By Ugo Aliogo
In view of the forex scarcity in the economy, the Central Bank of Nigeria (CBN) has advised commercial banks to monitor their foreign currency positions more closely.
The Director, Banking Supervision, CBN, Mrs. Tokunbo Martins, who gave this advice, pointed out that there have been increased volatility in the forex market.
Speaking at the CBN/FITC 2016 Edition of Continuous Education Programme (CEP) for Directors of Banks and Other Financial Institutions, with the theme: “Effective Board Leadership; Sustaining a Culture of Compliance and Growth,” in Lagos yesterday, Martins also reaffirmed the commitment of the central bank to continue promoting compliance and safety in the financial sector.
She added: “Following the depreciation of naira as fallout of the introduction of the flexible exchange regime, the foreign currency exposures of banks has increased in naira terms. This has increased the loan repayment obligation of borrowers and threatened their capacities to meet contracted loan repayments. Banks may therefore, need to restrict extending foreign currency denominated loans to customers that do not earn FX.
“Following the deficiencies in financial regulations revealed by the 2007/2008 financial crisis, the committee prepared the Basel III regulatory framework between 2009– 2011. The regulation specifically covers bank capital adequacy, stress testing, market and liquidity risks, among others. It is worthy of note that in the process of implementing the requirements of Basel II, the CBN had implemented some aspects of the requirements of Basel III.
This proactive step was aimed at ensuring the stability of the financial system. The requirements of the Basel III framework are grouped under four areas such as regulatory capital, liquidity coverage ratio, net stable funding ratio (NSFR) and leverage ratio.”
She also said the safety and soundness of the banking system was the collective responsibility of everyone, saying everybody has a role to play in ensuring that the financial system is safe.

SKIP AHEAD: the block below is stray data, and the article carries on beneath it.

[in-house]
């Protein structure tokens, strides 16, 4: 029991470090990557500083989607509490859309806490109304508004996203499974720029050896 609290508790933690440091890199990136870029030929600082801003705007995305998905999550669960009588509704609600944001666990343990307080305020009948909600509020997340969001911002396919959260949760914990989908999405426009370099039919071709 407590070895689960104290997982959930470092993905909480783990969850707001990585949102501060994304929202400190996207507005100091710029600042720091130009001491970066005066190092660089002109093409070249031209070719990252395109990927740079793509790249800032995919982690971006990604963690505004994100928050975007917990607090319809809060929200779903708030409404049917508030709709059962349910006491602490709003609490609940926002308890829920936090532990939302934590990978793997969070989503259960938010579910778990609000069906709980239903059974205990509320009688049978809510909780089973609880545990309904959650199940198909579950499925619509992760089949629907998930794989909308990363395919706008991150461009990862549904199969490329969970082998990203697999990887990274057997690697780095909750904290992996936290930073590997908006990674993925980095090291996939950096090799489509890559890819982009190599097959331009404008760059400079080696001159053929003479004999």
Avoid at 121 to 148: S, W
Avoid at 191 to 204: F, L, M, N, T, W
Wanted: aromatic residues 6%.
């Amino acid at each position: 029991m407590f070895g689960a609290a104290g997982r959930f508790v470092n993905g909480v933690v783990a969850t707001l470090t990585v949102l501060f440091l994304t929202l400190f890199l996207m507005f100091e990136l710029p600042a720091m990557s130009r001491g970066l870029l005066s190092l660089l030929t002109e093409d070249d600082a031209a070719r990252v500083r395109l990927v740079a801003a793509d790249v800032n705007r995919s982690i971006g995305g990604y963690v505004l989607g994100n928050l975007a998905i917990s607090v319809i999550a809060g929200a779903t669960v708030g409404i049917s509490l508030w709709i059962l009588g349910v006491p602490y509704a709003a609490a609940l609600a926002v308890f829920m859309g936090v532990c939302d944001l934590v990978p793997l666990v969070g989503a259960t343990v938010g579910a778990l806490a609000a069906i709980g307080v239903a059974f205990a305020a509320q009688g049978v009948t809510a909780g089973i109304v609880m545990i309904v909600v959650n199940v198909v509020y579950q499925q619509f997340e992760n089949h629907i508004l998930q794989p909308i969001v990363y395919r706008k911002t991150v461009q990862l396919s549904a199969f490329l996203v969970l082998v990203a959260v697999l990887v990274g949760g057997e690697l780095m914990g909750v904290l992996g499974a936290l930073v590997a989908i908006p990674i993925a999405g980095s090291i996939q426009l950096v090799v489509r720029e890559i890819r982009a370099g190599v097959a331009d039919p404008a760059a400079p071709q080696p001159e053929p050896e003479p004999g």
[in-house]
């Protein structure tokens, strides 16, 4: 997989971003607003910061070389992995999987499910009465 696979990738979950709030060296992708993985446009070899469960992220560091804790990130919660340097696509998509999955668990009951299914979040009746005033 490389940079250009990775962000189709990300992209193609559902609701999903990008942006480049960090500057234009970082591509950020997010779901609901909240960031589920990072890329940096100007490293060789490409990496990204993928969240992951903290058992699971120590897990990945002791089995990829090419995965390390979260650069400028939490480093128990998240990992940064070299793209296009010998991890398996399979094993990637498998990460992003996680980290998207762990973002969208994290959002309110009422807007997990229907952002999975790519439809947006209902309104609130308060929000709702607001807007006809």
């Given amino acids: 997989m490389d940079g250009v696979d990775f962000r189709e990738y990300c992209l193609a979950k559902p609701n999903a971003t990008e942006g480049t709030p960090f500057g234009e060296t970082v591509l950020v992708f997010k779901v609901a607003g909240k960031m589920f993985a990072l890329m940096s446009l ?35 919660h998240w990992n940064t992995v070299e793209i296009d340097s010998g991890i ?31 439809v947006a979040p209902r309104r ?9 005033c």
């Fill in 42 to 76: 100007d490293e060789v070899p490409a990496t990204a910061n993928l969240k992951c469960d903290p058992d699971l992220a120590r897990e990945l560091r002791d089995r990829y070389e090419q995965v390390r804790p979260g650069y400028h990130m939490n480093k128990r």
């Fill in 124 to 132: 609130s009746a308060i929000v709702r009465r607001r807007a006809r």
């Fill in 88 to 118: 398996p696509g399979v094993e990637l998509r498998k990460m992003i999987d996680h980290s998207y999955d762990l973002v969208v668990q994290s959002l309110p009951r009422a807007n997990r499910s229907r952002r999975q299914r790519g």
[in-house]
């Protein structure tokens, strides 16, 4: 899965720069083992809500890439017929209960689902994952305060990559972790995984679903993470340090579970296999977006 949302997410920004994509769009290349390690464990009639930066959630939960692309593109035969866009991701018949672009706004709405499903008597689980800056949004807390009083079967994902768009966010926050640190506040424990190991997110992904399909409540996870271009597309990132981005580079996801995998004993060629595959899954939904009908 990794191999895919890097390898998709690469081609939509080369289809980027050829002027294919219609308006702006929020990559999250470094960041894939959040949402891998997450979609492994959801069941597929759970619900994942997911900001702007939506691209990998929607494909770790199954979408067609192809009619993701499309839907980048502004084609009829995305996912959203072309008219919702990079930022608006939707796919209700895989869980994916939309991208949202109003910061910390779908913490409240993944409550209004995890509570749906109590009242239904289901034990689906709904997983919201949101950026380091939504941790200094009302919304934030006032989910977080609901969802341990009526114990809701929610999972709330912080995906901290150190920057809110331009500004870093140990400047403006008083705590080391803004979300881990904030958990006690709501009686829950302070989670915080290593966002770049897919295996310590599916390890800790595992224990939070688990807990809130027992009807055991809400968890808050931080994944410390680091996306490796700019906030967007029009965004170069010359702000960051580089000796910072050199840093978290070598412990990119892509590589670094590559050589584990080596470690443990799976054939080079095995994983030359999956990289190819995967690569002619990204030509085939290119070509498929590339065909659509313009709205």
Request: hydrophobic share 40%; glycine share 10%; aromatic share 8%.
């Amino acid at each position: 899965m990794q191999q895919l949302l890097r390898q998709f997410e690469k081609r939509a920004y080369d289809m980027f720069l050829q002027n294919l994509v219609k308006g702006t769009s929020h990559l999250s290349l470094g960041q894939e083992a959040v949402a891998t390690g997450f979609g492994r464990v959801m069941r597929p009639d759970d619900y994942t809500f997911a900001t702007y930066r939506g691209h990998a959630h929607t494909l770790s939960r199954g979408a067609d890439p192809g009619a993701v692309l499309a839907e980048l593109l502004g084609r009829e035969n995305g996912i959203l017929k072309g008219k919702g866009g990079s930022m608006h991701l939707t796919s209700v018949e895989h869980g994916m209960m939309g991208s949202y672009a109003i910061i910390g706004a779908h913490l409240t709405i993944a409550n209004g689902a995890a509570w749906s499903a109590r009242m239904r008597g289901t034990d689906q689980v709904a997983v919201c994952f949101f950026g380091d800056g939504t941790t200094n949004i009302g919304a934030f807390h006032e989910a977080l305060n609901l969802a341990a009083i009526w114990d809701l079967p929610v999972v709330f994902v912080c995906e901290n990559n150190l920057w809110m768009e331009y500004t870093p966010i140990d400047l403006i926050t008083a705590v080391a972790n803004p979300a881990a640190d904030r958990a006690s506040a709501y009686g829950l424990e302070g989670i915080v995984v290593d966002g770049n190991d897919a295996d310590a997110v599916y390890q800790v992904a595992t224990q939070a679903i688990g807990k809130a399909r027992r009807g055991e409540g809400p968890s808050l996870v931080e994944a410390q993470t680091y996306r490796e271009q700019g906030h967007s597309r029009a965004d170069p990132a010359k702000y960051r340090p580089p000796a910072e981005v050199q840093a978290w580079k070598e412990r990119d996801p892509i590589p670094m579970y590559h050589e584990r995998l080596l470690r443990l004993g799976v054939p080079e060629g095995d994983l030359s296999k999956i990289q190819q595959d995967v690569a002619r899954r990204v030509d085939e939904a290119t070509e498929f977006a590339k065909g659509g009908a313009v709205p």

Speaking on the Treasury Single Account (TSA), she said the main objective of the policy was to enhance efficiency of cash management, improve accountability in government, enhance transparency and avoid misapplication of public funds.
“It is also worthy of note that some state governments including Kaduna and Lagos have introduced the TSA regime in the management of their revenues.”
Martins further stressed that the TSA caused some unintended consequences which affected the operations of banks in certain areas such as depletion of deposit, decrease in revenue, redundancy and liquidity stress.
In her remark, the Managing Director of FITC, Dr. Lucy Newman, said financial institutions have made remarkable progress in the country over the years especially in innovation and creativity, adding that if other sectors take a leaf from the success stories of the financial and telecommunication sectors, the economy would bounce back and improve greatly.
She added: “For us, this programme will help us to stay focused on all the areas, so that we will not fall into infractions. We are also zeroing in on money laundering, starting with general regulations. We need to take things in context; there are micro and macro credentials.”
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